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ctives during the campaign to the Alabama line. It should, in addition, be observed that Wheeler's cavalry, ten thousand five hundred and forty-three (10,543) in number, as borne upon Colonel Mason's return, on the 20th September, was left in Georgia when we crossed the Tennessee, and was replaced by Forrest's cavalry, numbering altogether two thousand three hundred and six (2306) effectives. This large detachment will account for the reduction in the strength of our Army, at Palmetto and Florence, as will be seen later in my narrative of the campaign to the Alabama line, and thereafter into Tennessee.Total Army 23,053 33,393 36,426 80,125 86,982 Respectfully submitted, A. P. Mason, Lieutenant Colonel, A. A. G. Columbus, Georgia, April 3d, 1866. Consolidated summaries in the Armies of Tennessee and Mississippi during the campaign commencing May 7th, 1864, at Dalton, Georgia, and ending after the engagement with the enemy at Jonesboroa and the evacuation of Atlanta, fu
see campaign Forrest Wheeler Deflection to Florence Detention President Davis Beauregard Colion with Forrest, and then cross the river at Florence. General Beauregard sent orders to him to joneral Lee's Corps reached the Tennessee, near Florence, on the 30th; Johnson's Division crossed the Johnson's Division, which held possession of Florence, was reinforced the same day by Clayton's Divlows: [no. 39.]headquarters near Florence, Alabama, November 12th, 1864. his Excellency, tOn the 13th, I established my headquarters in Florence, upon the north branch of the Tennessee, and ossed the river, and bivouacked in advance of Florence. Stewart's and Cheatham's Corps were instrucn; that is, Lee's Corps already in advance of Florence, and Stewart's and Cheatham's Corps under ordher point (about Savannah or Clifton) besides Florence for the Army to recross the Tennessee, in thestablished at Rawhide, twelve miles north of Florence, on the Waynesboroa road. The march was re[2 more...]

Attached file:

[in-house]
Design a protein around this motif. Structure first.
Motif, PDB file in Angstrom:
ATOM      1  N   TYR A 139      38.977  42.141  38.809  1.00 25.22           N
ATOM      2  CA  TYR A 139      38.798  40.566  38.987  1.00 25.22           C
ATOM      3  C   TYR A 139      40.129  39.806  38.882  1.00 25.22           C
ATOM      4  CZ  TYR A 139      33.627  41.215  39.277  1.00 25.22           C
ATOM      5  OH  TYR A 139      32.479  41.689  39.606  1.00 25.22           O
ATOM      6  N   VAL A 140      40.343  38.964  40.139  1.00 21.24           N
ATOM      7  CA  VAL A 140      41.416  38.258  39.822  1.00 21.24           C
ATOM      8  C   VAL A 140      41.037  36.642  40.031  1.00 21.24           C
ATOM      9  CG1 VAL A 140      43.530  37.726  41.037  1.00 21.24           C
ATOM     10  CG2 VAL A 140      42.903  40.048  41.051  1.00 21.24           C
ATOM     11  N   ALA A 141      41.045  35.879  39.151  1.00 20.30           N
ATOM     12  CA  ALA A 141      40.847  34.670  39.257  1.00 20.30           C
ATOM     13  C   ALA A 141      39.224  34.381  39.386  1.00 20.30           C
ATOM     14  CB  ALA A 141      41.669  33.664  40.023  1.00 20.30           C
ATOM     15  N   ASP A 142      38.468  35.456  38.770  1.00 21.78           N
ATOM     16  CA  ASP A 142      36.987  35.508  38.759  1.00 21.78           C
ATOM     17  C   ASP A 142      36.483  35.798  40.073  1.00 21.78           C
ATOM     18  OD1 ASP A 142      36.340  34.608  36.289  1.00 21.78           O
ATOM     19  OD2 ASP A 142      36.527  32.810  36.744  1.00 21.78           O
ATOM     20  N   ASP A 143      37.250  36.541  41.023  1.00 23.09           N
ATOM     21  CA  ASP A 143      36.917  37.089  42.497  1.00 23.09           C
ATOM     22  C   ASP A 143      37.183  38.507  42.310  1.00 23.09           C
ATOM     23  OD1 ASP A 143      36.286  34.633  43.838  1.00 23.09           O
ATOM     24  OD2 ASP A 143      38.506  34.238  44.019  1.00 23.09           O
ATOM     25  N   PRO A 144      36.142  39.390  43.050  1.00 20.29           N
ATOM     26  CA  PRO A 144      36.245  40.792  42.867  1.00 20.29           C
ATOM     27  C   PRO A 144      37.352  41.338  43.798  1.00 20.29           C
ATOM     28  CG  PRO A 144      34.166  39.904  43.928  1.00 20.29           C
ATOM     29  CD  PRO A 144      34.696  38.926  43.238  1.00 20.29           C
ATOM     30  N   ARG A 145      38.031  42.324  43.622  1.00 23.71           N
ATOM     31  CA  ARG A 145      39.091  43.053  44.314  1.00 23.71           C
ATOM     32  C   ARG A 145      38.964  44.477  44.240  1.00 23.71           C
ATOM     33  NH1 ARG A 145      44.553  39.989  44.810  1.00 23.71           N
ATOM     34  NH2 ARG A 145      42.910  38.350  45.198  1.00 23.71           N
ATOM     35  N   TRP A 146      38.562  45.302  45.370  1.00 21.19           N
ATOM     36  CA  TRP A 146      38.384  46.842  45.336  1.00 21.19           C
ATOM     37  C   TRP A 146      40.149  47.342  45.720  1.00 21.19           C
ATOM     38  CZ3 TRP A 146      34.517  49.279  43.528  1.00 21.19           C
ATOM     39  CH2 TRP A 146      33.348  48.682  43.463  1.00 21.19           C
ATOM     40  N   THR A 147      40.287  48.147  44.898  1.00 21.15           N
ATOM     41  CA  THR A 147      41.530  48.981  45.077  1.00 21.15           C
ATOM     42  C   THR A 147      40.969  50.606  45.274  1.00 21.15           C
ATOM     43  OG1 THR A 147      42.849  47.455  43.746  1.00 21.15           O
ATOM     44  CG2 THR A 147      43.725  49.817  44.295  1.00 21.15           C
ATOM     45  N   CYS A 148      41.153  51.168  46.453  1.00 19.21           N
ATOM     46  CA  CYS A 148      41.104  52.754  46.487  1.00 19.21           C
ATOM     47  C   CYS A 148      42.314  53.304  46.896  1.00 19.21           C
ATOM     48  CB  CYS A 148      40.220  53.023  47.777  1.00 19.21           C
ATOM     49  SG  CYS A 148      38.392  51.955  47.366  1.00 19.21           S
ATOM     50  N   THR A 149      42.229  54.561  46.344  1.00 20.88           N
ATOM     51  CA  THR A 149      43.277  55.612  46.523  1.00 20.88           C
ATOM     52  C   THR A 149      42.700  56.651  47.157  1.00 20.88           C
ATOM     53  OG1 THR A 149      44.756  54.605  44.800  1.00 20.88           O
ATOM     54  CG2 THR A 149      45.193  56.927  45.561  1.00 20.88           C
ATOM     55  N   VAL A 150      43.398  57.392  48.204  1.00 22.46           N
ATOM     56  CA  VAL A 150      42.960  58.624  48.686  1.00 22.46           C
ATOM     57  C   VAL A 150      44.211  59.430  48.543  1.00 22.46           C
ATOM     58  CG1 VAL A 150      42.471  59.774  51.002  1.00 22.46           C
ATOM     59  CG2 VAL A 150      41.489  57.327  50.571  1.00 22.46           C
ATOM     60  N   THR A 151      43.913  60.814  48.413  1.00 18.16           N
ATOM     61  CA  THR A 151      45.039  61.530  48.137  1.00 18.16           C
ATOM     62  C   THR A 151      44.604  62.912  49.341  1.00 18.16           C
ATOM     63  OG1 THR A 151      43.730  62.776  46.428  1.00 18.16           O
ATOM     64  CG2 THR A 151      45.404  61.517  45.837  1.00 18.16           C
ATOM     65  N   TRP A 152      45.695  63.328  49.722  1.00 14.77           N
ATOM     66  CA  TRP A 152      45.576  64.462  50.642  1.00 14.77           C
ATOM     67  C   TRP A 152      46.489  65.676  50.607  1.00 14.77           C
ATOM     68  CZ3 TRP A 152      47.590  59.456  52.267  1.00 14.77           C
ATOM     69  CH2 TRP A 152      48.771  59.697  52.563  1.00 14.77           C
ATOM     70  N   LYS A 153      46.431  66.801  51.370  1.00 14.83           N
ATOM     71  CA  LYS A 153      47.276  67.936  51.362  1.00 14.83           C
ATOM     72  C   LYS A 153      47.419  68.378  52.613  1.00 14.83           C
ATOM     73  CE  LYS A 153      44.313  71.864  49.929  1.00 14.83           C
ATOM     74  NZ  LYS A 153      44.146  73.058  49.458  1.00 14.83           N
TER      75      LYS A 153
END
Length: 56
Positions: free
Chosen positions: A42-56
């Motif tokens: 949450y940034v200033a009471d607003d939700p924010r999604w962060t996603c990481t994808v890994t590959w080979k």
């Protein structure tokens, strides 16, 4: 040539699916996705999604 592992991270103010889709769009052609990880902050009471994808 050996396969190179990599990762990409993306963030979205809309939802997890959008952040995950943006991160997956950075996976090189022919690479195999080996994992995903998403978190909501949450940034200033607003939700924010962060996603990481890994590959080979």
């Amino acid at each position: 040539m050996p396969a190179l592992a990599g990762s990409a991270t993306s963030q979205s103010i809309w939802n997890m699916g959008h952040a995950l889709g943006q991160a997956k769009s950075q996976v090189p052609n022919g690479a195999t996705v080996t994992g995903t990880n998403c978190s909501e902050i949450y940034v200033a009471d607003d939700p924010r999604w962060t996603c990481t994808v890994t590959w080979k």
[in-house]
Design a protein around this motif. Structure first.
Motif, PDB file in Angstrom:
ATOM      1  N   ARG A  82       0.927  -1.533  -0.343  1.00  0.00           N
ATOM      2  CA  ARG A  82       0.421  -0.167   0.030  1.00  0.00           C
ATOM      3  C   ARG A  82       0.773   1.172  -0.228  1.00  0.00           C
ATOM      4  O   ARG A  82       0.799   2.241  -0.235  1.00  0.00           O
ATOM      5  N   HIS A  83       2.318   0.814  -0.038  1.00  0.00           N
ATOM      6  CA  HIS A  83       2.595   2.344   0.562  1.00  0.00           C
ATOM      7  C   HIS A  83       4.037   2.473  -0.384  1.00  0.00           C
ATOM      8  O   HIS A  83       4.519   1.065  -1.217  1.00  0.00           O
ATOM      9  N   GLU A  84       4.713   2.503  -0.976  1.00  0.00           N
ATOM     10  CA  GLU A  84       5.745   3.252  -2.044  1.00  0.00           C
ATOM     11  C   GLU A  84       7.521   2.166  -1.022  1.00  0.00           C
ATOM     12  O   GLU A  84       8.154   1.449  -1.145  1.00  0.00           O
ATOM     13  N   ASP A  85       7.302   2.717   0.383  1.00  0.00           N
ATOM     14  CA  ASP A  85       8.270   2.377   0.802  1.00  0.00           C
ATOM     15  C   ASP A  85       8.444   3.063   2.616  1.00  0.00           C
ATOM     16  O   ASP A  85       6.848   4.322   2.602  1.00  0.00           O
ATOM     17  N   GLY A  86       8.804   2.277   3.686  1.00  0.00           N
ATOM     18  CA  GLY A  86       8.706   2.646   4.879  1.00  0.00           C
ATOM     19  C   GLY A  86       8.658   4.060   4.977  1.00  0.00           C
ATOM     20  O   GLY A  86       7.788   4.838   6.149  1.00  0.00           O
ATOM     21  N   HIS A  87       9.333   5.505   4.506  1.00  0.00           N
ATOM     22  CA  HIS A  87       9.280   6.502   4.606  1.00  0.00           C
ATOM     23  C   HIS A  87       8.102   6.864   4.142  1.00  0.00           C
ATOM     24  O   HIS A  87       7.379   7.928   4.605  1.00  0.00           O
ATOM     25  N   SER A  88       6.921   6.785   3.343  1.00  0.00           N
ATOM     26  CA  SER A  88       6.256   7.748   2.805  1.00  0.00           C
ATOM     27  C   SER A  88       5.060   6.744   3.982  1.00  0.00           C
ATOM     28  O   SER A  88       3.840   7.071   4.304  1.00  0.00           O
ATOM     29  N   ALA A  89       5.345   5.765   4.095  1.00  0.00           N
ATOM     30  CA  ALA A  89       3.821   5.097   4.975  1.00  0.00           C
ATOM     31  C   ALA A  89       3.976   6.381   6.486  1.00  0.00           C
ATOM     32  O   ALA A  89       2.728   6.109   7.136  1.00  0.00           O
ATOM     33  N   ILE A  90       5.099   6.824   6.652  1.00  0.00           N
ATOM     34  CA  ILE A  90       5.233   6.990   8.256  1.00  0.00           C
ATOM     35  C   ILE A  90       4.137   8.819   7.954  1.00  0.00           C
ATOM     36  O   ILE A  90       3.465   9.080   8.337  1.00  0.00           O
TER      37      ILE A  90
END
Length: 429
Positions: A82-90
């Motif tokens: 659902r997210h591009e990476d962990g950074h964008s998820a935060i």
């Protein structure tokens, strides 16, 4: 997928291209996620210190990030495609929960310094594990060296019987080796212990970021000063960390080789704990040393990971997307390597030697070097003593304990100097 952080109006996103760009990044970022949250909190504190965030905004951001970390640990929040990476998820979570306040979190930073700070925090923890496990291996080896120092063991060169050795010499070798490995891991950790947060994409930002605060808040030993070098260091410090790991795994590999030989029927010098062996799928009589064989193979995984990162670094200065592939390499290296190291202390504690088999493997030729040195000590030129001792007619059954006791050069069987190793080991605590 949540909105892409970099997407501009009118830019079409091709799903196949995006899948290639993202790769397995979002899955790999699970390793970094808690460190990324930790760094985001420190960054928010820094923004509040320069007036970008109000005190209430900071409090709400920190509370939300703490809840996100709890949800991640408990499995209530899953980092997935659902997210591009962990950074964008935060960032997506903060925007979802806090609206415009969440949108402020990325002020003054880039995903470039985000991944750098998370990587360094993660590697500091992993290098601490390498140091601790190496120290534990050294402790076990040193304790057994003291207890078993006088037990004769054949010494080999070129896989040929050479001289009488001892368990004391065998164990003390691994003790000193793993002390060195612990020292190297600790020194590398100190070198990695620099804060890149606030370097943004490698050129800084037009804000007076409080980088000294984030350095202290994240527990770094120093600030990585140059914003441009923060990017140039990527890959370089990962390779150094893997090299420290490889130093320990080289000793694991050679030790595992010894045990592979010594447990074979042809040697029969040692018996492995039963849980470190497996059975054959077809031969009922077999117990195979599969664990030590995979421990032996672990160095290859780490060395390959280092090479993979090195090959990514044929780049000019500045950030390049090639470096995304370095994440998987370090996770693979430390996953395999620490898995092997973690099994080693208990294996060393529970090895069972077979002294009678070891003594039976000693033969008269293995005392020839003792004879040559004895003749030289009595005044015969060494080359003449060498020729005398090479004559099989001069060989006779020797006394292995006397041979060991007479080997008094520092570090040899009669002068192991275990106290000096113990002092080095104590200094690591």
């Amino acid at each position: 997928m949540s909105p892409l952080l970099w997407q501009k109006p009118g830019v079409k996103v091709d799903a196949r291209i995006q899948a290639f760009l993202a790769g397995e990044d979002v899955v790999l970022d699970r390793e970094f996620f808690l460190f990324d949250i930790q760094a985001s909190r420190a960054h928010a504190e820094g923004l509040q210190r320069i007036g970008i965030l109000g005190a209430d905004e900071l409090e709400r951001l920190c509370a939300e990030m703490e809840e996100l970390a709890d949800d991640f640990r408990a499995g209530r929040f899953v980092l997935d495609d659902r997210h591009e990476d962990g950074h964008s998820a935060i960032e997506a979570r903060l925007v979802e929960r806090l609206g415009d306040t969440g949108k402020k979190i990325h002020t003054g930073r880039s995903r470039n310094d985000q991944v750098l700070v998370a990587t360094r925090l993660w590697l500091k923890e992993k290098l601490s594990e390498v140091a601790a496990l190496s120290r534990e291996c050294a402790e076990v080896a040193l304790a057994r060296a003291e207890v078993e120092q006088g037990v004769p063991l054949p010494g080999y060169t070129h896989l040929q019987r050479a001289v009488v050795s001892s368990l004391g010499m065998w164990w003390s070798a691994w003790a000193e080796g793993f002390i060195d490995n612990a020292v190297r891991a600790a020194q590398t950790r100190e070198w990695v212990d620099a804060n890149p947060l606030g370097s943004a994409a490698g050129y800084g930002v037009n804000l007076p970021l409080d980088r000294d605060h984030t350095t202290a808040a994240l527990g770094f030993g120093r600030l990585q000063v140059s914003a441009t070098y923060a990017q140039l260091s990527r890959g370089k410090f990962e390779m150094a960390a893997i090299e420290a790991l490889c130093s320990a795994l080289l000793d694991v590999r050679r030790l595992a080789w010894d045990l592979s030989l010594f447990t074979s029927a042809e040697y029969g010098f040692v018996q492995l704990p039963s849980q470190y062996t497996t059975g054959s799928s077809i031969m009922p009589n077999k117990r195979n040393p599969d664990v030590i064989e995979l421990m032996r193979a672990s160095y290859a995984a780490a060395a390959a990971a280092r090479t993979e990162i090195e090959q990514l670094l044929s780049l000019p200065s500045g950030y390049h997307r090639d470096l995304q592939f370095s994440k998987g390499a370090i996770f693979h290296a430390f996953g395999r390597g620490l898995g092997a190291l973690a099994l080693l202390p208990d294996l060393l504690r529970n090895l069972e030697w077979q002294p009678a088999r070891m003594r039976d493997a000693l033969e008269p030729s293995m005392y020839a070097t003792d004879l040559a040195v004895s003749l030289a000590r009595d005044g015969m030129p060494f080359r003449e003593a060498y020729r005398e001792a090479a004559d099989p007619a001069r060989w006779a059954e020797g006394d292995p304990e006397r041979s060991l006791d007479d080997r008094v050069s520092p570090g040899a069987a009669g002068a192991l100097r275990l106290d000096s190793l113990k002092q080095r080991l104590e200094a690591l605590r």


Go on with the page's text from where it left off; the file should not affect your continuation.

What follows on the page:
thousand four hundred and five (2405); cavalry, two thousand three hundred and six (2306); total, twenty-three thousand and fifty-three (23,053). This last number, subtracted from thirty thousand six hundred (30,600), the strength of the Army at Florence, shows a total loss from all causes of seven thousand five hundred and forty-seven (7547), from the 6th of November to the 10th of December, which period includes the engagements at Columbia, Franklin, and of Forrest's cavalry. The enemy's esout of fourteen thousand, who left Tupelo to repair to his standard in North Carolina, deserted, and either went to the woods or to their homes. This affords positive proof that General Beauregard and I judged aright at Gadsden and also at Florence, Alabama, in regard to the Army, when we decided that to turn and follow Sherman would cause such numbers to desert, as to render those who were too proud to quit their colors almost useless. In accordance with Colonel Mason's letter of March the
wn the river to meet him. The Army arrived at Florence on the 31st of October. This unfortunate delessee under Thomas. When our Army arrived at Florence it had entirely recovered from the depressionch from Palmetto to Dalton, or from Dalton to Florence. I am informed that the provost marshal gened orders to cross the Tennessee river at Florence, Alabama. By means of the pontoon boats, two brirossed at South Florence. The enemy occupied Florence with about one thousand (1000) cavalry, and horming, charged the enemy, and drove him from Florence. The crossing was spirited, and reflected muMississippi, and encountered the enemy on the Florence and Huntsville road about dark. A spirited acrossed on November 2d. My corps remained at Florence till November 20th, when the Army commenced mand of the dirt road from the latter point to Florence, and also by the absence of Major General Forrest's command, this Army moved forward from Florence--Major General Cheatham's Corps taking the roa